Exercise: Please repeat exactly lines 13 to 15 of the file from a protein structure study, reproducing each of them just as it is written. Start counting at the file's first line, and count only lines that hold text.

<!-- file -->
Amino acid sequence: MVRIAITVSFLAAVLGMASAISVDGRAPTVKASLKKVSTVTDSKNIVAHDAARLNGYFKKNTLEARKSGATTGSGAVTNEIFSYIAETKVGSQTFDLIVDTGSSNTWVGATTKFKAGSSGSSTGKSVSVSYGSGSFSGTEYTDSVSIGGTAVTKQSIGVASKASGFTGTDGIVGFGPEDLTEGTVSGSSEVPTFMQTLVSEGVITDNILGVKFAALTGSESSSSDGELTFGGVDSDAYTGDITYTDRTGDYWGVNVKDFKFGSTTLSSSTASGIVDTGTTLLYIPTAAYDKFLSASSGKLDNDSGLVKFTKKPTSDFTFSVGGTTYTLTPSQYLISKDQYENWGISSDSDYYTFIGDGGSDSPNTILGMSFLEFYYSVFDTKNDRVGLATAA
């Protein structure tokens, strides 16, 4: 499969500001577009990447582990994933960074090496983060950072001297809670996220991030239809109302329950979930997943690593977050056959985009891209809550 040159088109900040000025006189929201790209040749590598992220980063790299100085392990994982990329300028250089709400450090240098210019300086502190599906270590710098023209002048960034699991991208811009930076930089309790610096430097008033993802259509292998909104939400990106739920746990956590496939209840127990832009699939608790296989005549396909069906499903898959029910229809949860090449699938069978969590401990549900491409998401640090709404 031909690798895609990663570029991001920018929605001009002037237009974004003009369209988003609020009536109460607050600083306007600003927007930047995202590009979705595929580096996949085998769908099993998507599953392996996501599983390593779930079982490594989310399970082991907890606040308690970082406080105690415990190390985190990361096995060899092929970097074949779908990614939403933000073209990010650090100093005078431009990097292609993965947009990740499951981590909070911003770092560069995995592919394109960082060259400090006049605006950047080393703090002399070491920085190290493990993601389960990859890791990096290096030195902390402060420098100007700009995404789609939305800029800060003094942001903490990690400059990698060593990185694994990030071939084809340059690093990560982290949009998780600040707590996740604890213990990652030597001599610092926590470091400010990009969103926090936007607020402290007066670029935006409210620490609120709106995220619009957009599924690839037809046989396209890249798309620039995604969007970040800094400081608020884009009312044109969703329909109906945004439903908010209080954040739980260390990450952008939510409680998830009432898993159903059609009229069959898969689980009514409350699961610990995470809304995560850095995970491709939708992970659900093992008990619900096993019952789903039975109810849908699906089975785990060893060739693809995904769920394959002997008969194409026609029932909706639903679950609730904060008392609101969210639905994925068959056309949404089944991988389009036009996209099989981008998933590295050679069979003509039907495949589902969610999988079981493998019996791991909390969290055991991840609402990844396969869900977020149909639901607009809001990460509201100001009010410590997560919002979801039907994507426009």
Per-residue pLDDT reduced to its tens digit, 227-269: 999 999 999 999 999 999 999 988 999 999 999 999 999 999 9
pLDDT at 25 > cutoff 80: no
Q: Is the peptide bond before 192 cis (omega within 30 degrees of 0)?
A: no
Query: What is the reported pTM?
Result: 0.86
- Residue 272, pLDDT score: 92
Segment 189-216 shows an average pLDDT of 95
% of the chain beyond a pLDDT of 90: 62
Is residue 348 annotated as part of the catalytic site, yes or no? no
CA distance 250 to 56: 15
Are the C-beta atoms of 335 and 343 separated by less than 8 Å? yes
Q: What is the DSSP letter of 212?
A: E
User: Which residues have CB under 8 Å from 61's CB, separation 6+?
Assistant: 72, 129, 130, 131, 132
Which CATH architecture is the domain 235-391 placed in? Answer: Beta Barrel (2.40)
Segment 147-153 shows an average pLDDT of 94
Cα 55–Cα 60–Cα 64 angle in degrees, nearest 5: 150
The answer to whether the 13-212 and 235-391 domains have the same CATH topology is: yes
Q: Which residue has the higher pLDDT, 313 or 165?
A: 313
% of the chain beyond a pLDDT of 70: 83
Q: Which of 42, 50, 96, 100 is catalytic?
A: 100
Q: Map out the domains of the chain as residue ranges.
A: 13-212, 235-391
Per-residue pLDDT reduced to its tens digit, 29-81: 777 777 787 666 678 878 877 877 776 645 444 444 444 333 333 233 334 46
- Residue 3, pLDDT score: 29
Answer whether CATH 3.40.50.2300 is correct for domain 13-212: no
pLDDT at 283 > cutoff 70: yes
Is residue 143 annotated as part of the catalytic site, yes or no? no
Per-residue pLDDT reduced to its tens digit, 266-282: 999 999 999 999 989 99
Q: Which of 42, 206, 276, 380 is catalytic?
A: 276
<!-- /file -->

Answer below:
CA distance 250 to 56: 15
Are the C-beta atoms of 335 and 343 separated by less than 8 Å? yes
Q: What is the DSSP letter of 212?